A literal but only physical description of a photograph would define it as a two dimensional image depicting reality and captured directly via the use of light. But that description fails to take into account the many legal dimensions that describe a photograph in a practical sense, as a real thing that is created, moves through commerce, and ultimately is communicated to people. The dictionary definition falls short of even hinting at the important attributes of a photograph that go to its ownership, the rights of all persons involved in its creation, and the messages that it may deliver to the people who see it. Each of these attributes carry with it a risk of injury or harm to people, a violation of the criminal law, or another kind violation of the rights of persons. People have gone to prison because of the images that they've published, and indeed, people are in prison as these words are written; tens of millions of dollars have been awarded by courts in compensation to persons whose rights have been violated by publication of images that they have been connected with. 

It is foolhardy to publish images without mandatory, routine consideration of the potential of liability as part of your regularly conducted publication operations. While the issues are often more complicated when you publish images that were acquired from another person, issues remain that can cause you serious harm even when you create the images yourself. No form can substitute from a mature judgment about what risks entail from the publication of an image - you must know what the risks are, how dangerous they are, and you must reach a conclusion about what degree of risk is acceptable to you before you reach a decision to publish. If you do not take time to do this in a regular and ongoing basis, the chances increase that you will be taken by surprise when a catastrophic event occurs due to your publication activities. Don't ever publish anything that you can't defend. 

The purpose of this article is to introduce you to an organized approach to the issues by identifying those issues and risks which are most likely to create problems for an adult Internet publisher. I want to emphasize that it is not enough, though, to identify the risks; you must be ever-vigilant to substantially reduce those risks by acquiring (and maintaining, in an easy-to-locate system) written and other evidence that establishes your unqualified right to publish the images without offense to the rights of any other person. For assistance in doing that, you should go to a lawyer experienced in image commerce and the operation of the adult Internet, especially because it possesses some unique or different risks than those that apply to general media publication.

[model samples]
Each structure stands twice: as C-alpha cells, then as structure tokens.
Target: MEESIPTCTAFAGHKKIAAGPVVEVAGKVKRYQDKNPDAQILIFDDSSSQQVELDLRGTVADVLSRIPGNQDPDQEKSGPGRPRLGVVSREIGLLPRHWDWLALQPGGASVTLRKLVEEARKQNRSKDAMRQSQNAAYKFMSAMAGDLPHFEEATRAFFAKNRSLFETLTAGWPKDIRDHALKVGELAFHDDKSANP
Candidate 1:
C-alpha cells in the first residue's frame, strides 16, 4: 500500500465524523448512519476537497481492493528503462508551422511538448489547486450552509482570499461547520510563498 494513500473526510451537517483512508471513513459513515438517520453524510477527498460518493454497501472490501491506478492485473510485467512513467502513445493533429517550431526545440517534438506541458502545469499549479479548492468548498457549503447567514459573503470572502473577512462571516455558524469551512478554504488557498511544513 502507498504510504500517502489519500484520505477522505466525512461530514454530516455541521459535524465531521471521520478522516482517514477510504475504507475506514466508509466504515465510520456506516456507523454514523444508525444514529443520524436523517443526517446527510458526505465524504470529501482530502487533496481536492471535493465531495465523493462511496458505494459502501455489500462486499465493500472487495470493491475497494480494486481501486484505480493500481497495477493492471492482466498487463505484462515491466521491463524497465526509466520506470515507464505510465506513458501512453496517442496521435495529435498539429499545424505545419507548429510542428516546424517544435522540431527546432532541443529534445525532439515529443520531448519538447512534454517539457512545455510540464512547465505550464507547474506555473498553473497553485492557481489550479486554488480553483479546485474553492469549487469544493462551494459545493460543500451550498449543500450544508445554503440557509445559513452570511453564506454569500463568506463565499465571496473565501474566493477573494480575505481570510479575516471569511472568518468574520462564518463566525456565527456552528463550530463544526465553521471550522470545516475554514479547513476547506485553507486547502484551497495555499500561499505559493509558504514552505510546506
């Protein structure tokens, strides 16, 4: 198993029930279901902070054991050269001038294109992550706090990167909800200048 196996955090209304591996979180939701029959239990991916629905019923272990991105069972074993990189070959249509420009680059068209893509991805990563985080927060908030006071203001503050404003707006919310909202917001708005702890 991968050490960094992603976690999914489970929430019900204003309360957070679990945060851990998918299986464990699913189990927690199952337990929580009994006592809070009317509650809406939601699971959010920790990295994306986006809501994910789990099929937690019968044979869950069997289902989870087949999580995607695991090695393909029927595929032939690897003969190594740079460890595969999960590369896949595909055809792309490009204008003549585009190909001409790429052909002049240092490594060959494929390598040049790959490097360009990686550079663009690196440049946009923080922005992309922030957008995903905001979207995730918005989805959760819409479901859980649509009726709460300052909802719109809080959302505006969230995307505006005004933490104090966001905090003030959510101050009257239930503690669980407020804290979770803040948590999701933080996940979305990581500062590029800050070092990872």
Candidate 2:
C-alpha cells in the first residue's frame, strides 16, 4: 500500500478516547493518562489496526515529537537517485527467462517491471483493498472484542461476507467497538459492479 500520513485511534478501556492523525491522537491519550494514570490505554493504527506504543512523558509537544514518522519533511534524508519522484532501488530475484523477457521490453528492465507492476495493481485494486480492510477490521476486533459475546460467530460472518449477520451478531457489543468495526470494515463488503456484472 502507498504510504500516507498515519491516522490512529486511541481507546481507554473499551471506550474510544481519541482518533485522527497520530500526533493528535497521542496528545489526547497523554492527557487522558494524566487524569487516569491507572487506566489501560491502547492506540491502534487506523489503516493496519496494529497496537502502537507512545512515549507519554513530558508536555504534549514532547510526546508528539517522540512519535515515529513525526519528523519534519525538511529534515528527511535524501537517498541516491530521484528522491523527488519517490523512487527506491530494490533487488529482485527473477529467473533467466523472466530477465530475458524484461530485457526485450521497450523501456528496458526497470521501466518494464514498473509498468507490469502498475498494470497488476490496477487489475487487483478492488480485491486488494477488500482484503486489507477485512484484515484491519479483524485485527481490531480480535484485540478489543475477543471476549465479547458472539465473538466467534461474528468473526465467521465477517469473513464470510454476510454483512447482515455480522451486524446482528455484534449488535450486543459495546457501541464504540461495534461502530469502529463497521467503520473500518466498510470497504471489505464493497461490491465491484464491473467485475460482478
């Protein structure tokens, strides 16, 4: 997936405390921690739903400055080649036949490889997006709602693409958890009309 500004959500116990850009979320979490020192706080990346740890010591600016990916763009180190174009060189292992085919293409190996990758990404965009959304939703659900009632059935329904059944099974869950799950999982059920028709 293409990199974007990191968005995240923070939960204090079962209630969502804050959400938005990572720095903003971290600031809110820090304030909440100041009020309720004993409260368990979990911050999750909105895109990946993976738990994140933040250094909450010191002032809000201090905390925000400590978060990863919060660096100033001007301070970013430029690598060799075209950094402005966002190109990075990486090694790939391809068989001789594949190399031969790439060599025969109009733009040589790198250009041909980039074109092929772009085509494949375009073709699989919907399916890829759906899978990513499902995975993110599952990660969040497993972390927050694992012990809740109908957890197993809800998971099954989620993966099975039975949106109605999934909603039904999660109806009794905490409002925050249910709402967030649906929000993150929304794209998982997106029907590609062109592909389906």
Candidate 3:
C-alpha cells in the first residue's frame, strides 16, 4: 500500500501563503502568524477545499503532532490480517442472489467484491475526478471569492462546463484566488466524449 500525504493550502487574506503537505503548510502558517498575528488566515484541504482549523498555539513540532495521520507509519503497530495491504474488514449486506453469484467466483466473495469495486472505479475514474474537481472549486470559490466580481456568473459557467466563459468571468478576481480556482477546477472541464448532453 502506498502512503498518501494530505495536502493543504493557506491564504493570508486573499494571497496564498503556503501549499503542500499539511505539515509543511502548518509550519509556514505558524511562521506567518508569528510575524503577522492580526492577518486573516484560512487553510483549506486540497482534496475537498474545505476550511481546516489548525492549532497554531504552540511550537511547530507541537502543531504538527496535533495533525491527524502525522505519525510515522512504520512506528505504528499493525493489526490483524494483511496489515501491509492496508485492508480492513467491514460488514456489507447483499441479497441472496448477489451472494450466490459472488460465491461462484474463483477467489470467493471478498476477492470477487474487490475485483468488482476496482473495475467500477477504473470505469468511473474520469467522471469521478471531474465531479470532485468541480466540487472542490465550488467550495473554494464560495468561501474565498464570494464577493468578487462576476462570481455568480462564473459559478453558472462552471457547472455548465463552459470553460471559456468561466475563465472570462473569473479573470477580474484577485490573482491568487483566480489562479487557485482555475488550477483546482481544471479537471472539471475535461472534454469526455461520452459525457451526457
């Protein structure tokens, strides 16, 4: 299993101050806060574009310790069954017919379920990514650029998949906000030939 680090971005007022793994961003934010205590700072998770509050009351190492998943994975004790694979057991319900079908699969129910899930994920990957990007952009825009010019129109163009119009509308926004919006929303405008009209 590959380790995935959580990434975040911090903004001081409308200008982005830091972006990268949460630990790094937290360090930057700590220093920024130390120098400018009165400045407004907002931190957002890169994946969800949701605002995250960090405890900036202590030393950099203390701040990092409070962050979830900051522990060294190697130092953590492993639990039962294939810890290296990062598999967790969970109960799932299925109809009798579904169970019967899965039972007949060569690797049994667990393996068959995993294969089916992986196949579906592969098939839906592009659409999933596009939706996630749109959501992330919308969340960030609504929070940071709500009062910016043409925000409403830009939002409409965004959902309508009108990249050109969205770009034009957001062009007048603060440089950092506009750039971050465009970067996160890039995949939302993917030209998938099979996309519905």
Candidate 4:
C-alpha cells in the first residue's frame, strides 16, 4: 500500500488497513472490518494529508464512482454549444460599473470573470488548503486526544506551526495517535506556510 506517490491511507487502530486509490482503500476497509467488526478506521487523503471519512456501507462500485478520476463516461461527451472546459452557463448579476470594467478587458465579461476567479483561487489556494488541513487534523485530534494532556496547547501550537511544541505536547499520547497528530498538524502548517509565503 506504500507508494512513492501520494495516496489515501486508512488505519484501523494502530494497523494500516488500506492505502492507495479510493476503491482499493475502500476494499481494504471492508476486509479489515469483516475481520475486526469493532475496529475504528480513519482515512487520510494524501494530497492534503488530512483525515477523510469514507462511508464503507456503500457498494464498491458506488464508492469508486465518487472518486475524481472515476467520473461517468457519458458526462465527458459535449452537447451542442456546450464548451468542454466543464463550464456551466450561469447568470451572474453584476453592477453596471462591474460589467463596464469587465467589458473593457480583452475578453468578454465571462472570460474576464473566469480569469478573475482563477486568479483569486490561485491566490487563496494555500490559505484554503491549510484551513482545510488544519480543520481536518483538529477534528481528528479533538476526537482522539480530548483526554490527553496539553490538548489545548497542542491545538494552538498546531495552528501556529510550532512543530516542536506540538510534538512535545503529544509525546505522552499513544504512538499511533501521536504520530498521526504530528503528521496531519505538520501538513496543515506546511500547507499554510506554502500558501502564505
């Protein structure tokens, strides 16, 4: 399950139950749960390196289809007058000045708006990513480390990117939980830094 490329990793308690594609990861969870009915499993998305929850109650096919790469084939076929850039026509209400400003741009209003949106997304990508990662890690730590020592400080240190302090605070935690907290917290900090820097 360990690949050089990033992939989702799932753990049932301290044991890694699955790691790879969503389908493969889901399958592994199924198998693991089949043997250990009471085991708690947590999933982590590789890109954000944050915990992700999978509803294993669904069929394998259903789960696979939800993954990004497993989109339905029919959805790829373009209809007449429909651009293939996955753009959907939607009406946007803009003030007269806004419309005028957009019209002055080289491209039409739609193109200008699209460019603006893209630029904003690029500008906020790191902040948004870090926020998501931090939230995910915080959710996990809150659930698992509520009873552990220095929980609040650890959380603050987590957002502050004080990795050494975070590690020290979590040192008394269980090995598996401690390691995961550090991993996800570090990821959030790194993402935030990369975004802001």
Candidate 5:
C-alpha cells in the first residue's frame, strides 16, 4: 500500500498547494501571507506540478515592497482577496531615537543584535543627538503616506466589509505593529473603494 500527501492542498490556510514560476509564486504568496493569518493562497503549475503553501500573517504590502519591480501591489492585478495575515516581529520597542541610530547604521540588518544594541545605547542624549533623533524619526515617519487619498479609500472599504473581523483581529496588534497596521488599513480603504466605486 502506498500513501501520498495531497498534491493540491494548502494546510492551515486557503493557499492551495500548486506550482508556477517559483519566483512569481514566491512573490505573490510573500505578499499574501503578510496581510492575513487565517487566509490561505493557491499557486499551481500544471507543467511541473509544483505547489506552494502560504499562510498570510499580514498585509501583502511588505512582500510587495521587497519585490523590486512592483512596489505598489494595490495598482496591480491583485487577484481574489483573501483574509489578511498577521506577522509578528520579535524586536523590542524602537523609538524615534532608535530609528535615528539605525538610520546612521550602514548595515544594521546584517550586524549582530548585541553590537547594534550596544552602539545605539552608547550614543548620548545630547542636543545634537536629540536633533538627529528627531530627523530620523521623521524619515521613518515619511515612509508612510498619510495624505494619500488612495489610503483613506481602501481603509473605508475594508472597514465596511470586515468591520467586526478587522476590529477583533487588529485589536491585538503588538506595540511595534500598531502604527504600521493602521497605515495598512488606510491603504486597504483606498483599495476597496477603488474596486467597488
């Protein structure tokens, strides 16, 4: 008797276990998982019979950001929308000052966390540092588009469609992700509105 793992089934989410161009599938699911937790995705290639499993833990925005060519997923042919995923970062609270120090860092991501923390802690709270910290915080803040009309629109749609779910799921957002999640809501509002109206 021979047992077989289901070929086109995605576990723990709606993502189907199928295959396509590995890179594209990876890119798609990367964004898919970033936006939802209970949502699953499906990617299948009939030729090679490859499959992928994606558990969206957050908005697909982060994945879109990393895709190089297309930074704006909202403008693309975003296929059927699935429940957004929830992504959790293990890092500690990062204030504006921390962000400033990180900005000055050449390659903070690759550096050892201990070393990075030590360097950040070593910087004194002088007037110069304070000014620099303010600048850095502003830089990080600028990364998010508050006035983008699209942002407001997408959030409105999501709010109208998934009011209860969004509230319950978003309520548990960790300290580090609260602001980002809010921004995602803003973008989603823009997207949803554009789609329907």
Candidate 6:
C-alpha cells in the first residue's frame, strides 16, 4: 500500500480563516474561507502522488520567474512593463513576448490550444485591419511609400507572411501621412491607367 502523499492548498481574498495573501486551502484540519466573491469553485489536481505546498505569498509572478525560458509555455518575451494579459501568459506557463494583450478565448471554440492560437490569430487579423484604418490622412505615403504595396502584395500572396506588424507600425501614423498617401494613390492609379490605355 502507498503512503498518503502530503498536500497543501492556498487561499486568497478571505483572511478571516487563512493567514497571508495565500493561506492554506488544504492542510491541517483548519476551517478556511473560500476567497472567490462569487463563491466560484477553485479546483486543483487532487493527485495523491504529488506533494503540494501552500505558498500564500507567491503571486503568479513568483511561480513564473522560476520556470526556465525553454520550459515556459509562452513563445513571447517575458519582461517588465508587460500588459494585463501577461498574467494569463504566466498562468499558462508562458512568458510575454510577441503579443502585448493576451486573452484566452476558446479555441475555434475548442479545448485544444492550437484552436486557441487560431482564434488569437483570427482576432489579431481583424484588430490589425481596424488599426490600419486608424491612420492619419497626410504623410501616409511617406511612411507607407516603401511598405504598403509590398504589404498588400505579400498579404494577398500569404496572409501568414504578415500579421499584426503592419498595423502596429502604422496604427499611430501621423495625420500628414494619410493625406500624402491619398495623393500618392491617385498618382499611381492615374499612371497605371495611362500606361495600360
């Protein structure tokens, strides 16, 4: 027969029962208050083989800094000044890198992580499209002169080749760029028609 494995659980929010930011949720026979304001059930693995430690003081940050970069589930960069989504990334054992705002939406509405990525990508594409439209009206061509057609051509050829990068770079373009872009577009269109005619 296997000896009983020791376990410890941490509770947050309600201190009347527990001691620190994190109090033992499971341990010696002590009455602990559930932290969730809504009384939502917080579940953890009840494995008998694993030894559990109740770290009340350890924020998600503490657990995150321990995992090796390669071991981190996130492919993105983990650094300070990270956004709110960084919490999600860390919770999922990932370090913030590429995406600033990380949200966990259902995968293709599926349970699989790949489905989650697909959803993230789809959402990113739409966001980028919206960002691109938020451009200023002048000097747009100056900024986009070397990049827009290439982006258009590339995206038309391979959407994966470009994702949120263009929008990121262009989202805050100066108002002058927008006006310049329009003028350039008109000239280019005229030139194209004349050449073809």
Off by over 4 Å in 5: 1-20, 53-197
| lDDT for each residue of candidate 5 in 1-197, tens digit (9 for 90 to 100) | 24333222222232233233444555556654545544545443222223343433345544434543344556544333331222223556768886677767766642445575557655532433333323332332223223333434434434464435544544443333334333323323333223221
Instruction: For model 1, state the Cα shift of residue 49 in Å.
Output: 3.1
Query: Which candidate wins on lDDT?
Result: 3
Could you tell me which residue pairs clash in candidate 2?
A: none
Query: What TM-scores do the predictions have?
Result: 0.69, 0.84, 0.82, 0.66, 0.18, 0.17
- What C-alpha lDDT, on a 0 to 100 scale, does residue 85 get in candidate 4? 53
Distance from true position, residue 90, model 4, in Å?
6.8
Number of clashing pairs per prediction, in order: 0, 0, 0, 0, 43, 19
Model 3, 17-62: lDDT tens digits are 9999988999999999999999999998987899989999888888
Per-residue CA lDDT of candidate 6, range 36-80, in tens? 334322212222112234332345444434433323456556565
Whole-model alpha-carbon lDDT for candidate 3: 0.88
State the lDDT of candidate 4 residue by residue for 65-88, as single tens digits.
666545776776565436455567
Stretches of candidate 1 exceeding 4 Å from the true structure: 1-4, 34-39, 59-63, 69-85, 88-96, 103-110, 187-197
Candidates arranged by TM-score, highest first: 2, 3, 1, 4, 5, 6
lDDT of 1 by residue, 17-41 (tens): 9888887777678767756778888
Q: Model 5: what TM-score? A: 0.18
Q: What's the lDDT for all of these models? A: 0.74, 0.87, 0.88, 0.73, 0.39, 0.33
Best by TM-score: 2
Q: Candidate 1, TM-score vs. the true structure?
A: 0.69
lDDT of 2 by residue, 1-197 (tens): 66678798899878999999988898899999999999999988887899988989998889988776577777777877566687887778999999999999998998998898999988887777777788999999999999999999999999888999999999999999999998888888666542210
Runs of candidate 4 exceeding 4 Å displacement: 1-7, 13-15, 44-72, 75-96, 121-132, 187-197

The time to get legal advice that will be of the greatest help is before you create any images: by consultation, you can develop forms, protocols, and habits that will actually prevent serious problems. But if you have not done that, do so when you first get a threatening letter about your content; it sometimes, in fact often, is possible to dig you out of a bad situation. But your chances of a successful outcome diminish as you may attempt to dig yourself out. In the absence of legal training, your fight or flee response, your gushing effusions of good intent, and other such circumstances are as likely to irretrievably bury you in the pit as they are to extract you; without legal training and experience, you really may not know the difference between the legally exculpatory and the legally incriminating, and moreover, what you say, as an adverse party, is quite likely to be evidence admissible by your adversary in court. If for that reason, and no other, it is essential that you use an attorney whenever there is a gun pointed at your head.